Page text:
Chancellor Kaya Henderson says she won’t leave D.C. for New York City


D.C. Public Schools Chancellor Kaya Henderson (Matt McClain/The Washington Post)
December 13, 2013

D.C. Schools Chancellor Kaya Henderson, who had been rumored to be on the shortlist of candidates under consideration for New York’s top schools job, told employees Friday that although she has spoken with Mayor-elect Bill de Blasio, she has no intention of leaving Washington.

“I love this city. I love our students. I love working with all of you, and I am not about to leave when our students have so much riding on the work we do every day,” Henderson wrote in a letter to central office employees Friday, first reported on the Web site of WAMU (88.5 FM).

“I love New York City — it is where my career in education began 20 years ago – but nothing can compare to the opportunities and responsibilities that we have here in Washington, D.C.”

Henderson is one of two local schools chiefs who have been mentioned as possible candidates. The other is the Montgomery County school system’s Joshua P. Starr, who has gained national prominence with his skepticism of the same standardized testing that Henderson relies on to judge teachers, principals and schools.

De Blasio has said that such emphasis on tests and preparation is “poisoning our system.” He also has expressed a general distaste for the kind of education policies Henderson embraces. That he would be interested in her as a possible chancellor surprised many education observers.

In her letter, Henderson said de Blasio’s interest is testament to the fact that the District’s brand of school reform is working. “We really are a district where every measure of success is going in the right direction. The fact that NYC is looking to us for leadership is just one more indication that we have the right approach.”

With a mayoral race underway in the District, Henderson’s future here is not entirely up to her. Mayor Vincent C. Gray (D) has showed unwavering support for her leadership and approach, but other candidates have been far more critical.

Here is the full text of Henderson’s letter:

Dear Central Office,

You have probably read in the papers by now that my name has shown up on the short list of possible new Chancellors for New York City Schools and that I have spoken with Mayor-elect DeBlasio about his education plans going forward. The New York Times, The Daily News, and EdWeek have all reported that my name has been in the mix and our local media has joined the speculation as well.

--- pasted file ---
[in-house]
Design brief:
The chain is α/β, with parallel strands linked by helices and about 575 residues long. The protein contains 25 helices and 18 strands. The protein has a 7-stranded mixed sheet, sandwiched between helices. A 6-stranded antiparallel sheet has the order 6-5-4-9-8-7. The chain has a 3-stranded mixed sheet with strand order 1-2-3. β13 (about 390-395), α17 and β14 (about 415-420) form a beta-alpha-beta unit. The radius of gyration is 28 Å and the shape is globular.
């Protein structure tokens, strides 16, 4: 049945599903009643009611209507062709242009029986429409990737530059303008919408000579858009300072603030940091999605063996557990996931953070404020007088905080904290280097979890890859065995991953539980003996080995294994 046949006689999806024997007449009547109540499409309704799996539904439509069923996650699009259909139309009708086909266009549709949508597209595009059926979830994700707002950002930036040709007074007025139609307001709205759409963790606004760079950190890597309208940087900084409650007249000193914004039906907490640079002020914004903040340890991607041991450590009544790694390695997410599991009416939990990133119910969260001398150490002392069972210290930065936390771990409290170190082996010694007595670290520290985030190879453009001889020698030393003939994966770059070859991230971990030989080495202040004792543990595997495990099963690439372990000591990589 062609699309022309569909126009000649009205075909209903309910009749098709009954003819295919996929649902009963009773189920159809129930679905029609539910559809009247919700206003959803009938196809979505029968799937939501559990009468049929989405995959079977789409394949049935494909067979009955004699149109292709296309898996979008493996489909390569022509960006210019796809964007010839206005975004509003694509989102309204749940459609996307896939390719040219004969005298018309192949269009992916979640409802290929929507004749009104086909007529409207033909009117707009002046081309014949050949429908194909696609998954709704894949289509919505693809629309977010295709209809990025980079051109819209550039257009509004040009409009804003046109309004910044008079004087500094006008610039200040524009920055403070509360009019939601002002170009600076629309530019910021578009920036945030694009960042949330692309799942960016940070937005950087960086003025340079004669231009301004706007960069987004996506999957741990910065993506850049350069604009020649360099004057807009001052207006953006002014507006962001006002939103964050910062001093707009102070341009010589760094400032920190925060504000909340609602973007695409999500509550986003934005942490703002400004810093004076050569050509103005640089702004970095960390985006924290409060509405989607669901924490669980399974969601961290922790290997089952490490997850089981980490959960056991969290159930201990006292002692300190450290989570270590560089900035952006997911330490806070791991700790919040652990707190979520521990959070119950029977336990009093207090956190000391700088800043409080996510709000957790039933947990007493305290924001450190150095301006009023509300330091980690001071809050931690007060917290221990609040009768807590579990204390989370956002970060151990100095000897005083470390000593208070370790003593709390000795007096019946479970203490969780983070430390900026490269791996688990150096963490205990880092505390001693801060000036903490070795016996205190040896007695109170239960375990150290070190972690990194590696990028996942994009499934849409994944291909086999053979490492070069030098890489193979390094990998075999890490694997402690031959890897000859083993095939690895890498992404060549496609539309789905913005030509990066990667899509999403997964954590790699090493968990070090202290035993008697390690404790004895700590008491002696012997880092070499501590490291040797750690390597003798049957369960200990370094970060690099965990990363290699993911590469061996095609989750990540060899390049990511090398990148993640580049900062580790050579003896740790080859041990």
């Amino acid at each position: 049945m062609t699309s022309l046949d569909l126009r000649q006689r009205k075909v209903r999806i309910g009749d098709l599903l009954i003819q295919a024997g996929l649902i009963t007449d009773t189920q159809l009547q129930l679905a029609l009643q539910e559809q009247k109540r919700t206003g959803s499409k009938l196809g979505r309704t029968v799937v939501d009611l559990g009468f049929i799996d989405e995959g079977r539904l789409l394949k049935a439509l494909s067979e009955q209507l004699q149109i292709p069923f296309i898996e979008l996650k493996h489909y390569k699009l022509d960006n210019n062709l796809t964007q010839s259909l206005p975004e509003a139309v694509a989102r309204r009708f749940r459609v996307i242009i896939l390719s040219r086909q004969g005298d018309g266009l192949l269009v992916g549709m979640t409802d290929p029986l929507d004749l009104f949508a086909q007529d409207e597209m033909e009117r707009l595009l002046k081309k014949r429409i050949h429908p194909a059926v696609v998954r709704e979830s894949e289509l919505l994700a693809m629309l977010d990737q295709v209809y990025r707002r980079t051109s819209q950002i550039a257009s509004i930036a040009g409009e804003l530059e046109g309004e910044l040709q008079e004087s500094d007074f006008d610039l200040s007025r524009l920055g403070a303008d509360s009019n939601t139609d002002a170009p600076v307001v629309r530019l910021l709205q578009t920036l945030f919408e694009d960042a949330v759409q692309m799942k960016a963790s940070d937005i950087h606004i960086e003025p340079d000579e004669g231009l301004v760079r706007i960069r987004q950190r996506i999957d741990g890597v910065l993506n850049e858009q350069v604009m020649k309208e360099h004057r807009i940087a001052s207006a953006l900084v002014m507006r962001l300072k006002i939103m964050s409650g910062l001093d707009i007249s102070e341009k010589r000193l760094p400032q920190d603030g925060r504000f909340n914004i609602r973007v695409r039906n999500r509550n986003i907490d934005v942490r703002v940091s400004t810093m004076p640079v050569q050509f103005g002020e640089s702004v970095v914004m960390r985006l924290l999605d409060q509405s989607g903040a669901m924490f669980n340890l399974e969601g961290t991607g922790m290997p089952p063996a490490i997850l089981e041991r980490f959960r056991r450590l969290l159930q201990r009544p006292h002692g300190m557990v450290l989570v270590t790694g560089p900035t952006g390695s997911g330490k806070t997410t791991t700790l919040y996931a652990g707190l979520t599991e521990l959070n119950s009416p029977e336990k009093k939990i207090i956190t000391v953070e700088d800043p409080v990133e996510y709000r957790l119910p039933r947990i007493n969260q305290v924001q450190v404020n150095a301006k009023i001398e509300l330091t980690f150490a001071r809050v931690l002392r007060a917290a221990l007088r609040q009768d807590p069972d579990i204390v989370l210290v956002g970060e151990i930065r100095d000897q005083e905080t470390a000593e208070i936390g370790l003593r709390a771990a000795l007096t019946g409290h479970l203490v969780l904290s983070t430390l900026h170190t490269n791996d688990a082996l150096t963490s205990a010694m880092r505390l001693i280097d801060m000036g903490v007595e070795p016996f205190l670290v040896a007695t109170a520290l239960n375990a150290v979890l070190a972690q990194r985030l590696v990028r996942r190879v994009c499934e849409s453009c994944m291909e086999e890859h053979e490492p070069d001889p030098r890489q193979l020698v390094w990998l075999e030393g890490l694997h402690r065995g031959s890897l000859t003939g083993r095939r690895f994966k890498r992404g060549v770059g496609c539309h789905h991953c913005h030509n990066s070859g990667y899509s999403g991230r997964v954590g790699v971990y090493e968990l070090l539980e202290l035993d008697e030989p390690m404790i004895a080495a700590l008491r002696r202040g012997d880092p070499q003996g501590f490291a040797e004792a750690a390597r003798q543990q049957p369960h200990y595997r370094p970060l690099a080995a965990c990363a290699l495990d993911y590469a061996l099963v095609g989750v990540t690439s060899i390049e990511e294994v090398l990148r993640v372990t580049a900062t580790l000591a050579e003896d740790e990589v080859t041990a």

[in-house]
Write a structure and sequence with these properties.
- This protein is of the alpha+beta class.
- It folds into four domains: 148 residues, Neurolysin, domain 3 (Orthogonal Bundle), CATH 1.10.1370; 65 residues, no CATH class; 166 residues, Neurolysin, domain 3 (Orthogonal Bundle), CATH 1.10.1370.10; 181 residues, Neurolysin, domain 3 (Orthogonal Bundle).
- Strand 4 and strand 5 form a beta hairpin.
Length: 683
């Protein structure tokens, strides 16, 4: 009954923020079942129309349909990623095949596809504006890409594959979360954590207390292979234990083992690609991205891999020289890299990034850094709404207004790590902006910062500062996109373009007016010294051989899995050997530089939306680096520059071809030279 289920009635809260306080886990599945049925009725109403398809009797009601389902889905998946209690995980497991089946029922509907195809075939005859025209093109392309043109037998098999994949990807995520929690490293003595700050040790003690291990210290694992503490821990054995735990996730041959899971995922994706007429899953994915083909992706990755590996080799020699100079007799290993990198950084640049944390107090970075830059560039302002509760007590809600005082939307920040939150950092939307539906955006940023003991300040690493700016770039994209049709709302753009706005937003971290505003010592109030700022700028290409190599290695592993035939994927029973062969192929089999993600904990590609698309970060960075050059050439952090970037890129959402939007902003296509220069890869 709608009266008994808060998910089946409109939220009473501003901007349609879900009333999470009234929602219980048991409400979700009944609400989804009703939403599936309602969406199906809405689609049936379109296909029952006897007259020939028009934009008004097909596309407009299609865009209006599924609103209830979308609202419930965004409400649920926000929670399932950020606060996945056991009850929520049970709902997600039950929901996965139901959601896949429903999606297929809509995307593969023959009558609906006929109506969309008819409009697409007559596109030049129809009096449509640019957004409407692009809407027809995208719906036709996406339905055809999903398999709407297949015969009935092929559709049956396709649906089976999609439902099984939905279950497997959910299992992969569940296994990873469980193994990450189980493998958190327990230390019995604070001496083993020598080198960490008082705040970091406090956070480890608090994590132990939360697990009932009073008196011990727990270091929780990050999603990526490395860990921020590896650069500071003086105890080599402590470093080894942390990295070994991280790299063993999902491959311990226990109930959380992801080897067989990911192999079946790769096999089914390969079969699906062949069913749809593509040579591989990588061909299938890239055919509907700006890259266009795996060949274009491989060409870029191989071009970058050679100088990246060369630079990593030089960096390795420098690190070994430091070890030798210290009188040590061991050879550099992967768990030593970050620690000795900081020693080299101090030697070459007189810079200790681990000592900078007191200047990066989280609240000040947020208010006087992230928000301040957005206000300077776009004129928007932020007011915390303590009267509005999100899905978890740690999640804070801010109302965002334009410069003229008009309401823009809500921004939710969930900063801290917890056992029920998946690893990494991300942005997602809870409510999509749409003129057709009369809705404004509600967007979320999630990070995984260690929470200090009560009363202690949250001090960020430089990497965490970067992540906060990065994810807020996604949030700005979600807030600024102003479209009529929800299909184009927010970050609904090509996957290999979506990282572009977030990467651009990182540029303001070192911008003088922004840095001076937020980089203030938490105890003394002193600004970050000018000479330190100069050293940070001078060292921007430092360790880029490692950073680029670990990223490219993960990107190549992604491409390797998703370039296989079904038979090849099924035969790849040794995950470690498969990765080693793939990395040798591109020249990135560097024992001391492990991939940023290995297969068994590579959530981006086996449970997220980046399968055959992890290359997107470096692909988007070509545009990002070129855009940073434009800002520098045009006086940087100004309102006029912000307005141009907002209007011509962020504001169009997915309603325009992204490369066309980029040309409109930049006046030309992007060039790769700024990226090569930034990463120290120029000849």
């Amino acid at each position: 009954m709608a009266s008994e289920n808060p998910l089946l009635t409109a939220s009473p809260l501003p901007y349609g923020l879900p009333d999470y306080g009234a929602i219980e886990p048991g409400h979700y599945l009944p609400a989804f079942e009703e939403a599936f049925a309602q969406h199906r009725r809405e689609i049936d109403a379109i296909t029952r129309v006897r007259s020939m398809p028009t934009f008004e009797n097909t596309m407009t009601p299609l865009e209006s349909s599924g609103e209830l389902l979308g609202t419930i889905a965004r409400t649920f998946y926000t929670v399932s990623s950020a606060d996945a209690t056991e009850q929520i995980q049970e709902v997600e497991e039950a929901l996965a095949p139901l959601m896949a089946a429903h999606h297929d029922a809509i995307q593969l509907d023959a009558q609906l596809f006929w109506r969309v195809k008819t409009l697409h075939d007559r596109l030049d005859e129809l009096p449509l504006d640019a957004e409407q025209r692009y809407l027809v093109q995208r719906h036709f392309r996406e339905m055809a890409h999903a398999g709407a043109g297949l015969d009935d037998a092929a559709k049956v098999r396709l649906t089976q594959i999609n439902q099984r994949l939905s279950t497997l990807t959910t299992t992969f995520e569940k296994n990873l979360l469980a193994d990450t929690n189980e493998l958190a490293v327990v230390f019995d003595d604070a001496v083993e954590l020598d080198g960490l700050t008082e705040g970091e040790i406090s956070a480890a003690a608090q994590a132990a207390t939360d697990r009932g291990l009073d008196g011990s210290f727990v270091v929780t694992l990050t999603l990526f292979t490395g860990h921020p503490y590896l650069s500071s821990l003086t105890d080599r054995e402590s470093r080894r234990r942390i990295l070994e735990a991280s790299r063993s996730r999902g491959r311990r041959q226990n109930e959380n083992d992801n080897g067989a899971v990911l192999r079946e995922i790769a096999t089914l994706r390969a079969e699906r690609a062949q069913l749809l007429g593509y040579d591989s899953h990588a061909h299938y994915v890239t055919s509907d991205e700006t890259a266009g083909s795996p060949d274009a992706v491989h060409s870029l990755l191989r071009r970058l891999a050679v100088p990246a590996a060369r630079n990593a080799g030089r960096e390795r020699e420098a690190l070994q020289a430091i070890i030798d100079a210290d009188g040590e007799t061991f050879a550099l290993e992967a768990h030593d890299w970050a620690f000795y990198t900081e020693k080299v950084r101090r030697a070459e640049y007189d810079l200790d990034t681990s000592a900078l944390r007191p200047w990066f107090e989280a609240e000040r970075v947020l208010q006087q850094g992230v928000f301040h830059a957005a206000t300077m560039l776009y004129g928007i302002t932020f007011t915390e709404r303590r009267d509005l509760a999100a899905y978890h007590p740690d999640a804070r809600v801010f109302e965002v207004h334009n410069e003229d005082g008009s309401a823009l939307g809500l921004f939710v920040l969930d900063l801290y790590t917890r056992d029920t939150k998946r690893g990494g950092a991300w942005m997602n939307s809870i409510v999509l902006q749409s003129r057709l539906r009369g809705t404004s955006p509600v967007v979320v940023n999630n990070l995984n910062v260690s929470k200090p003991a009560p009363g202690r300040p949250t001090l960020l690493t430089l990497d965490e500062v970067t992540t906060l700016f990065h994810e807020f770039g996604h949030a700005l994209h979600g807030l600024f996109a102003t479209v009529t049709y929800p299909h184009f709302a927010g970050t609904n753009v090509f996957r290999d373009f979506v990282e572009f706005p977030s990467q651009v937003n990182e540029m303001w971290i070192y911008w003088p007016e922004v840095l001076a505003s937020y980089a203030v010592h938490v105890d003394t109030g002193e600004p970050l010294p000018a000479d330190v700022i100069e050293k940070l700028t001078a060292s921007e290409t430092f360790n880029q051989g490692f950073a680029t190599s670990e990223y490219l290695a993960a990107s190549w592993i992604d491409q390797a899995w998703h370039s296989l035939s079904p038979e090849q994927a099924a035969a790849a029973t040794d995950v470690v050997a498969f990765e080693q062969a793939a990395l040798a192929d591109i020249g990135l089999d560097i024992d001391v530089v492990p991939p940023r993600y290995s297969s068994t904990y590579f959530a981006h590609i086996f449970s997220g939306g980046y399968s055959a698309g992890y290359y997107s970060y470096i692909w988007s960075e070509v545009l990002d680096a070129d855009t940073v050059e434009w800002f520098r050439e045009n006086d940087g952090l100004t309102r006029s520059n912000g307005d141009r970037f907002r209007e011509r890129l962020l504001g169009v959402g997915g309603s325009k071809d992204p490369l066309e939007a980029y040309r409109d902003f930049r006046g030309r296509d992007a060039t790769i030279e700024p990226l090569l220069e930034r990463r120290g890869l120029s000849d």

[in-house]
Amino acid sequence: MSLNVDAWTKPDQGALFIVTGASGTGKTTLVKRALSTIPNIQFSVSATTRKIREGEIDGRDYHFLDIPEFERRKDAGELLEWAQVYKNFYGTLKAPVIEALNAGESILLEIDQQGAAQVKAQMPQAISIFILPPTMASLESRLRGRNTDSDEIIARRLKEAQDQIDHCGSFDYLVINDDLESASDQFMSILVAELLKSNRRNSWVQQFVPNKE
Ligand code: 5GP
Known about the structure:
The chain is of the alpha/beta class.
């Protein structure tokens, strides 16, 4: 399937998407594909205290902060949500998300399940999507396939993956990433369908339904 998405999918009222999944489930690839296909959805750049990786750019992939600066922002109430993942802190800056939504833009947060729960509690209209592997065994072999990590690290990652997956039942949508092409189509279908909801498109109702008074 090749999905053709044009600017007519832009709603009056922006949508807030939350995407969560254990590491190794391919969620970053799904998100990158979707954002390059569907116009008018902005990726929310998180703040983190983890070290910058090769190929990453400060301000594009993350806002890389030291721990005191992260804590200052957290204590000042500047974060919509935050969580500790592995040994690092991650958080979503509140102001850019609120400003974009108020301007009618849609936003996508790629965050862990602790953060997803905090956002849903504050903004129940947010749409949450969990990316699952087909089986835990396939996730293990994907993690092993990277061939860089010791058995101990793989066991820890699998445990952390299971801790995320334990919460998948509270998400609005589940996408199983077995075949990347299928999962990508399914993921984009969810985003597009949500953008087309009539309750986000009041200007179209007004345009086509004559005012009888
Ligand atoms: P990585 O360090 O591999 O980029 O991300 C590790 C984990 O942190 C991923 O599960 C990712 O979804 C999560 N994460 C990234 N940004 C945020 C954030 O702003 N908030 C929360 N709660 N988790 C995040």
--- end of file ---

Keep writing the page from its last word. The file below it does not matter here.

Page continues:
First, I want to be very clear with all of you that this is wonderful recognition for the work we have done. I have spoken with Mr. DeBlasio. I was flattered by his call and I absolutely love that DCPS is being recognized as a leader in high-quality urban education. The Chancellorship of NYC schools is, in many ways, the pinnacle of school district jobs. With over one million students, 80,000 teachers, and almost 2000 schools, NYC schools is not just the biggest district, but of a completely different scale than DCPS.

It is a tremendous testament to the work that each of you has done over the past three years that NYC wants to replicate our successes. Of course, we have great gains in student achievement that we can point to as demonstrated in the DC CAS and the NAEP. We also have more students taking and passing AP classes and higher SAT scores than at any time in the past five years. At the same time, we have increased our student enrollment, have more students who like their school than ever before, and have reduced our number of truant students. We have the best teaching workforce of any urban district. We really are a district where every measure of success is going in the right direction.

The fact that NYC is looking to us for leadership is just one more indication that we have the right approach.

The second thing that you should know about the Chancellorship of NYC is that I will not take the job. I love New York City — it is where my career in education began 20 years ago – but nothing can compare to the opportunities and responsibilities that we have here in Washington, D.C. We have helped take our students so far in the past few years and I can’t possibly leave before I see how much farther they can go. Our ambitious Capital Commitment goals for 2017 are now well within reach and I am excited to continue to work with you as we achieve them. I love this city. I love our students. I love working with all of you, and I am not about to leave when our students have so much riding on the work we do every day.

So please, take a moment to see the fact that we are part of the conversation about the next NYC chancellor for what it is. It is a compliment to us for the hard work we all do. It is a testament to the fact that we have chosen the right course and we have stuck to it. It is an endorsement of our strategy.

And that is what it will remain. I love D.C. and I’m not about to leave. I’ve said it before and I’ll say it again: I have the best job in the world.

Sincerely,

Chancellor Henderson

Emma Brown writes about national education and about people with a stake in schools, including teachers, parents and kids.
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